Shalom Goodman from the Wall Street Journal wrote a short thread on Twitter about some key features of successful live blogs. Definitely worth a read.
My friend Dan Smullen published an awesome piece on Search Engine Journal about keyword research for top stories.
I really liked this piece from Chris Green about SEO metrics and how they connect to one another.
As Google continues to roll out one update after another, the folks at NewsDashboard have looked into their impact on news publishers.
If you want to look at Google’s search result as they appear in different countries and languages, Valentin Pletzer created a perfect web app for that: valentin.app
Lastly, indulge me in a wee bit of self-promotion.
In December the wonderful folks at Glide Publishing Platform organised a seminar in London where they put me on stage to talk about the current state of SEO for news sites. The similarly wonderful folks at Press Gazette were among the attendees, and published this detailed write-up of my talk and the Q&A that followed.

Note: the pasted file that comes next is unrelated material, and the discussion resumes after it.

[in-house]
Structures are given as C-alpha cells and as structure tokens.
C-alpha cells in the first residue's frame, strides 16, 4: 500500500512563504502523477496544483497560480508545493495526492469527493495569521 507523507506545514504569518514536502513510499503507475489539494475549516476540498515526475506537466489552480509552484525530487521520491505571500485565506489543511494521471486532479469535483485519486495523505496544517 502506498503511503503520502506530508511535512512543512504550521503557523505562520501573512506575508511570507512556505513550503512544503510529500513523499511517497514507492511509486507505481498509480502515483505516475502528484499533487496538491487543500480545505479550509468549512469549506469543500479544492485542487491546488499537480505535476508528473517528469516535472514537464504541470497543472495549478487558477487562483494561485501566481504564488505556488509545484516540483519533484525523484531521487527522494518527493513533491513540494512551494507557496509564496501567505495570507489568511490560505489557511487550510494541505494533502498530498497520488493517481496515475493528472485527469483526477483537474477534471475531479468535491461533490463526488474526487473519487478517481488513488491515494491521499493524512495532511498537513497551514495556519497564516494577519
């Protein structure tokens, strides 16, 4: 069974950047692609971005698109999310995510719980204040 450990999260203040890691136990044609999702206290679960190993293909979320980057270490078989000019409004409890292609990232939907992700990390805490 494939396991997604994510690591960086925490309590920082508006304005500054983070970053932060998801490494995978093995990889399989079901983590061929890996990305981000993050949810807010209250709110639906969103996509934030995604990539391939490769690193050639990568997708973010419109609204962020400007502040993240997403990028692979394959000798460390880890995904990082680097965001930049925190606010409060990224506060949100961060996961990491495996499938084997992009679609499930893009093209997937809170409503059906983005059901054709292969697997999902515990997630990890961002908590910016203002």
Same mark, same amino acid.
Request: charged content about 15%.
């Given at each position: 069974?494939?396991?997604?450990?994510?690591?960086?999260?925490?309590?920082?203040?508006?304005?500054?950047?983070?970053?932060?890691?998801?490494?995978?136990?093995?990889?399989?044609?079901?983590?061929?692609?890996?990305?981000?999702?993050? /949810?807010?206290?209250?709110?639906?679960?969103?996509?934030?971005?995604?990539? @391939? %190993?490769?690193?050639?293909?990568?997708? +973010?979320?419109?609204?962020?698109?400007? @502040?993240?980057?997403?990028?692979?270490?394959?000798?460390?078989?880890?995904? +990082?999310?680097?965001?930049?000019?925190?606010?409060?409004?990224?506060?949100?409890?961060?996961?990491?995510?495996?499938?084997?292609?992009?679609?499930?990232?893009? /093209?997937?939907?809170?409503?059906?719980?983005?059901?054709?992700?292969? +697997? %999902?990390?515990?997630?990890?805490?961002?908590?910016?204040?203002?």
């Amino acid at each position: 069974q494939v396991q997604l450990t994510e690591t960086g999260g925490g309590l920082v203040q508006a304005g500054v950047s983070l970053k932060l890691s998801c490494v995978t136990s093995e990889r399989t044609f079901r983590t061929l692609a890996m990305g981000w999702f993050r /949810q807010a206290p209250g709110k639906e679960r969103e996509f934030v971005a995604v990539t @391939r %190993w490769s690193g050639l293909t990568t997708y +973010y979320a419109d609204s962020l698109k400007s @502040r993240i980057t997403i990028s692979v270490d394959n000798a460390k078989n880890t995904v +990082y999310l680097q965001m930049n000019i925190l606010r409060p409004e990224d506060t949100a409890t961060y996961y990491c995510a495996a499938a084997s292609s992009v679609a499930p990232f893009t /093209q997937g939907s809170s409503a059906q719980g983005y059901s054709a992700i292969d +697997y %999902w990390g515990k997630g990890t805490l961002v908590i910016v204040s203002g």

I’ve a few more in-person talks scheduled for 2023 already, all at awesome events that you should definitely attend if you can:
21 February: SEOday (Kolding, Denmark)
23 March: Friends of Search (Amsterdam, The Netherlands)
10 & 11 May: YoastCon (Nijmegen, The Netherlands)
29 June: Nottingham Digital Summit (Nottingham, UK)
There will undoubtedly be more events added to that list, I’ll keep you all updated in upcoming newsletter editions.
That’s it for the first edition in 2023 of my newsletter. I’m not a ‘New Year’s resolutions’ kind of guy, but I will make an effort to publish newsletters more regularly than I was able to in 2022. Plenty more topics to cover, and if you have a suggestion for a topic I should write about, please let me know. I’ll try to stick to a somewhat regular schedule this year, but can’t make any promises!
As always, I would greatly appreciate it if you sent this on to anyone who might find it helpful. Thanks for subscribing and sharing!